Home is where IT is!

July 2nd, 2009

A new Sea Link, new flyovers, metro railway, mono rail… you name it, Mumbai is getting everything short of a 7:13 Zeppelin service (fast) from Borivali to Nariman Point. And the city is so dug-up during this monsoon that soon the time taken for the daily commute will be in double digits – at least for some days. But wait a minute – do we need all these bridges, flyovers, metro service, additional trains? Do all the people travelling from the suburbs to town need to travel? Is there anyone out there thinking of the beautiful possibility of 20-30 per cent of commuters staying at home and working – at least for three days a week?
Imagine firms that encourage  part of their workforce to log-on from home  (call them e-force if you want) and be supervised by seniors who are similarly working from home? Fast Net connectivity, cheap cellphones and video conferencing possibilities can be exercised to the fullest, right? Once or twice a week teams can meet up, play their social roles and even do real meetings where coffee and biscuits are served.
BMC can then reward those organisations with, say, 30 per cent employees working from home at any given point of time, with lower taxes. This move will certainly reduce traffic, number of deaths on railway tracks, wastage of fuel, electricity use and the need for never-ending digging for better ‘infrastructure’.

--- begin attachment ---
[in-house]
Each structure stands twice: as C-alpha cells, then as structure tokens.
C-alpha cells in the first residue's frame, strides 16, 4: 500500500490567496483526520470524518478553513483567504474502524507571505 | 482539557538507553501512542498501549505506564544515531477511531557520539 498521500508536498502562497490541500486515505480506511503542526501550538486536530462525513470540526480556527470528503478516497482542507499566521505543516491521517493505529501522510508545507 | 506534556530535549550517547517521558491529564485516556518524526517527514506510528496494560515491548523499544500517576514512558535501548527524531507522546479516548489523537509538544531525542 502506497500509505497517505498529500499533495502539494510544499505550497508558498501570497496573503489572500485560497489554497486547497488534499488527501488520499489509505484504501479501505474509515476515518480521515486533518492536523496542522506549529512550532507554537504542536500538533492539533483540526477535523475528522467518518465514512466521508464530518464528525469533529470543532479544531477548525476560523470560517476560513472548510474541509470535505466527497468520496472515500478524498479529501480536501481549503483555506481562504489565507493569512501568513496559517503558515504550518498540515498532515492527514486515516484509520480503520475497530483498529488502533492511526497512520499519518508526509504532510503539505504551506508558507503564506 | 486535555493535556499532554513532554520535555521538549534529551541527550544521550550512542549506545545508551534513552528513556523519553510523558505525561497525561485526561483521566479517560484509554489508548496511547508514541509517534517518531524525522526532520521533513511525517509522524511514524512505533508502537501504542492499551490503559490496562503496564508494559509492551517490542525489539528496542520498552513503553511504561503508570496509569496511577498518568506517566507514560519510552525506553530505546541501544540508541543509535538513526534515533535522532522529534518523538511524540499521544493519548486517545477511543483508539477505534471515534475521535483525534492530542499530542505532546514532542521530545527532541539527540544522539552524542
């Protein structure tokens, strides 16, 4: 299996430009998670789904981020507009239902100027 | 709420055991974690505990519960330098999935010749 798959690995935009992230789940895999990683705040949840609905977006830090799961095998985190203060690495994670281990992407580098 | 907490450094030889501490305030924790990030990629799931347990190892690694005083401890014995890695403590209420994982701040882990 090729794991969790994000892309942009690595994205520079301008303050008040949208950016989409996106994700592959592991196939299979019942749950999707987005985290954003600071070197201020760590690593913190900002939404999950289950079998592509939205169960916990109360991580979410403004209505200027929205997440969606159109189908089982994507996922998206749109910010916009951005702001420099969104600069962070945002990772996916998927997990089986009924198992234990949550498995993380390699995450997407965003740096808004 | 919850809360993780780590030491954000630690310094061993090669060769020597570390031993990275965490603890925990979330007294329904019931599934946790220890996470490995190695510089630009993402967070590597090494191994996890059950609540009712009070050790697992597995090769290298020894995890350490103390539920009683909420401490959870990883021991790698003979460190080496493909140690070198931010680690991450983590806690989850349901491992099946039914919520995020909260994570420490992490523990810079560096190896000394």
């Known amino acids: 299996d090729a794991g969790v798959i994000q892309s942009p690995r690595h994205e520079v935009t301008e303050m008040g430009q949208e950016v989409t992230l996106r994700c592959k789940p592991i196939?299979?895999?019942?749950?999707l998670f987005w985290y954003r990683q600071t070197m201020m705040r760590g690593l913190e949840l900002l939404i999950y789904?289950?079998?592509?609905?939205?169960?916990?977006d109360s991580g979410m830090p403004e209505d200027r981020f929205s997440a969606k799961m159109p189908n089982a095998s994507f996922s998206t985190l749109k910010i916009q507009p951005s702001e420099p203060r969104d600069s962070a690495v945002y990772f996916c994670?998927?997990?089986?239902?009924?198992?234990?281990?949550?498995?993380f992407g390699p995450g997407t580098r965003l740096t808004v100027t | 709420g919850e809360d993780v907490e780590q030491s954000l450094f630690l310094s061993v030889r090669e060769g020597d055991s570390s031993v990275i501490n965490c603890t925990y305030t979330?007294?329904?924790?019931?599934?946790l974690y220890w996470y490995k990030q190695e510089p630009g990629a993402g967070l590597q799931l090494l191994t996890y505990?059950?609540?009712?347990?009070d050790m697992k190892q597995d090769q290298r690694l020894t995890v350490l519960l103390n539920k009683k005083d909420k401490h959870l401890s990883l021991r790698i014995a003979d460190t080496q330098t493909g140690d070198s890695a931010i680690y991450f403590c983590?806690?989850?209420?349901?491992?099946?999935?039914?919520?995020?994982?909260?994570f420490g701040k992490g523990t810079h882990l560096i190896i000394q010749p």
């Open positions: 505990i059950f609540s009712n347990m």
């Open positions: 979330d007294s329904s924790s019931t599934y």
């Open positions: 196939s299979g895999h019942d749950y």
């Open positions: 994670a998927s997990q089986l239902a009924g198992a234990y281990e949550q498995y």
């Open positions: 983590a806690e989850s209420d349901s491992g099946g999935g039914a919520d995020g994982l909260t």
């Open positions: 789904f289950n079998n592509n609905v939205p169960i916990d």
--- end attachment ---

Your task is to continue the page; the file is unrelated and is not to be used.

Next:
Sure, if you moot this idea at your office there will be strong resistance by those people who can be called ‘traditional’. The physical presence of boss and employees under one roof is not required any more – alright it cannot be abolished overnight, but a beginning can certainly be made. In a maximum city like Mumbai, there is no better reward to give employees than a few commute-free days.
I can talk about newspaper organisations because I have been working in one for 14-odd years. Honestly, there is no real need that I can see for reporters travelling to an office, holding meeting with seniors, scurrying out to meet contacts and attend press conferences and returning to office to file copies. Instead they can wake up in the morning, have an e-conference with the respective editors, talk to contacts over the phone, or if necessary, travel directly to meet people or attend conferences and file copy from wherever they are. Yes, a desk that can lay out pages needs to travel to an office every day – but that constitutes less than 20 per cent of a newspaper edition.
Today if you commute everyday for two hours to stare into a computer screen and then another two hours to reach home, it can be termed a criminal wastage of resources, time, energy and terrible under-utilisation of available technology.
Oh…its 6 PM? I got to leave…two hour commute in the rain, you see!

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